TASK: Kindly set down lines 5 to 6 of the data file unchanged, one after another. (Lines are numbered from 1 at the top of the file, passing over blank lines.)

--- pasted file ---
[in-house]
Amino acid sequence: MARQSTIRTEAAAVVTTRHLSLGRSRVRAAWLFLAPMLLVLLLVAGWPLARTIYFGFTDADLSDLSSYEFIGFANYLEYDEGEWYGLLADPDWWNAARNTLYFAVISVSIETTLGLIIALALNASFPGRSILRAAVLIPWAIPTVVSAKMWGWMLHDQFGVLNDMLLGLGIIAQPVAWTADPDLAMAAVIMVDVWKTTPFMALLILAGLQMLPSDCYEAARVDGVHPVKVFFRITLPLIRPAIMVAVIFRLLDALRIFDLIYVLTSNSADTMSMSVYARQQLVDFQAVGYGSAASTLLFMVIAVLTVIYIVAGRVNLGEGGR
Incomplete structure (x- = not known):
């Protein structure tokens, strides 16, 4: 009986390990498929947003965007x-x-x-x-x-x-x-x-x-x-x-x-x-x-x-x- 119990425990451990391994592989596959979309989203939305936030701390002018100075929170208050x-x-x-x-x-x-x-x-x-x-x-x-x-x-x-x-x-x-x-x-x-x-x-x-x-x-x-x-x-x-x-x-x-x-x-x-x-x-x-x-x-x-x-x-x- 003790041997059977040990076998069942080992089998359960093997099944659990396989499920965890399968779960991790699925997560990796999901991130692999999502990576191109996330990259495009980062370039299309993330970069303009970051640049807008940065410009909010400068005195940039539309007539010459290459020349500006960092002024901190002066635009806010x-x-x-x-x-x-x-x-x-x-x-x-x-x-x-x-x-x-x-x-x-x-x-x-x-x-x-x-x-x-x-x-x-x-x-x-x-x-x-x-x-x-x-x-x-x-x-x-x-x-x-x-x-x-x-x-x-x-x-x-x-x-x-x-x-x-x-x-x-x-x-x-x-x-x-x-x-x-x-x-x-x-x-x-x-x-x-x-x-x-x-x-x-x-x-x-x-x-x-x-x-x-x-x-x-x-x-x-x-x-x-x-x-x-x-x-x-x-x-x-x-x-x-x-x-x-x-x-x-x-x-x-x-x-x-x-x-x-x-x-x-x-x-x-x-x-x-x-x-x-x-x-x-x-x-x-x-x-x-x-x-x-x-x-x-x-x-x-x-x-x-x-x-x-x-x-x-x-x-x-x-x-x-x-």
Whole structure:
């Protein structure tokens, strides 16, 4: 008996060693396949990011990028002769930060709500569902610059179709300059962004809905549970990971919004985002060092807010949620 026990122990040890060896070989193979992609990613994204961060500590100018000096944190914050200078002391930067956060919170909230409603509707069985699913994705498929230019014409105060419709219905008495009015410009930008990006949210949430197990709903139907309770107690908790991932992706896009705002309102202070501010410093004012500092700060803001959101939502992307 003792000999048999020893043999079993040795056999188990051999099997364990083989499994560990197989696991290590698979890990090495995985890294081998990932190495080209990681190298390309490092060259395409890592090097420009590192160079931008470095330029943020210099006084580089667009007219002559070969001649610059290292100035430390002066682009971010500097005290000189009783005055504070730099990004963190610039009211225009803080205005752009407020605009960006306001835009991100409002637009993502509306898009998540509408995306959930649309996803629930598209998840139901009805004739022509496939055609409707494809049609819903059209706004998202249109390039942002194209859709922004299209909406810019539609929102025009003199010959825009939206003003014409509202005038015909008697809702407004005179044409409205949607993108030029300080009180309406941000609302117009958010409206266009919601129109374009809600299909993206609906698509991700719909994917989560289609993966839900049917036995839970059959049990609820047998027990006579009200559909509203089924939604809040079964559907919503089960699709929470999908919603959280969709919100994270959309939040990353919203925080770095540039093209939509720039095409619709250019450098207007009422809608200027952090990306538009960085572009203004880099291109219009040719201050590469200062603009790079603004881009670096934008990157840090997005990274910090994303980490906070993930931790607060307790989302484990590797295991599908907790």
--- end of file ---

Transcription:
Whole structure:
């Protein structure tokens, strides 16, 4: 008996060693396949990011990028002769930060709500569902610059179709300059962004809905549970990971919004985002060092807010949620 026990122990040890060896070989193979992609990613994204961060500590100018000096944190914050200078002391930067956060919170909230409603509707069985699913994705498929230019014409105060419709219905008495009015410009930008990006949210949430197990709903139907309770107690908790991932992706896009705002309102202070501010410093004012500092700060803001959101939502992307 003792000999048999020893043999079993040795056999188990051999099997364990083989499994560990197989696991290590698979890990090495995985890294081998990932190495080209990681190298390309490092060259395409890592090097420009590192160079931008470095330029943020210099006084580089667009007219002559070969001649610059290292100035430390002066682009971010500097005290000189009783005055504070730099990004963190610039009211225009803080205005752009407020605009960006306001835009991100409002637009993502509306898009998540509408995306959930649309996803629930598209998840139901009805004739022509496939055609409707494809049609819903059209706004998202249109390039942002194209859709922004299209909406810019539609929102025009003199010959825009939206003003014409509202005038015909008697809702407004005179044409409205949607993108030029300080009180309406941000609302117009958010409206266009919601129109374009809600299909993206609906698509991700719909994917989560289609993966839900049917036995839970059959049990609820047998027990006579009200559909509203089924939604809040079964559907919503089960699709929470999908919603959280969709919100994270959309939040990353919203925080770095540039093209939509720039095409619709250019450098207007009422809608200027952090990306538009960085572009203004880099291109219009040719201050590469200062603009790079603004881009670096934008990157840090997005990274910090994303980490906070993930931790607060307790989302484990590797295991599908907790």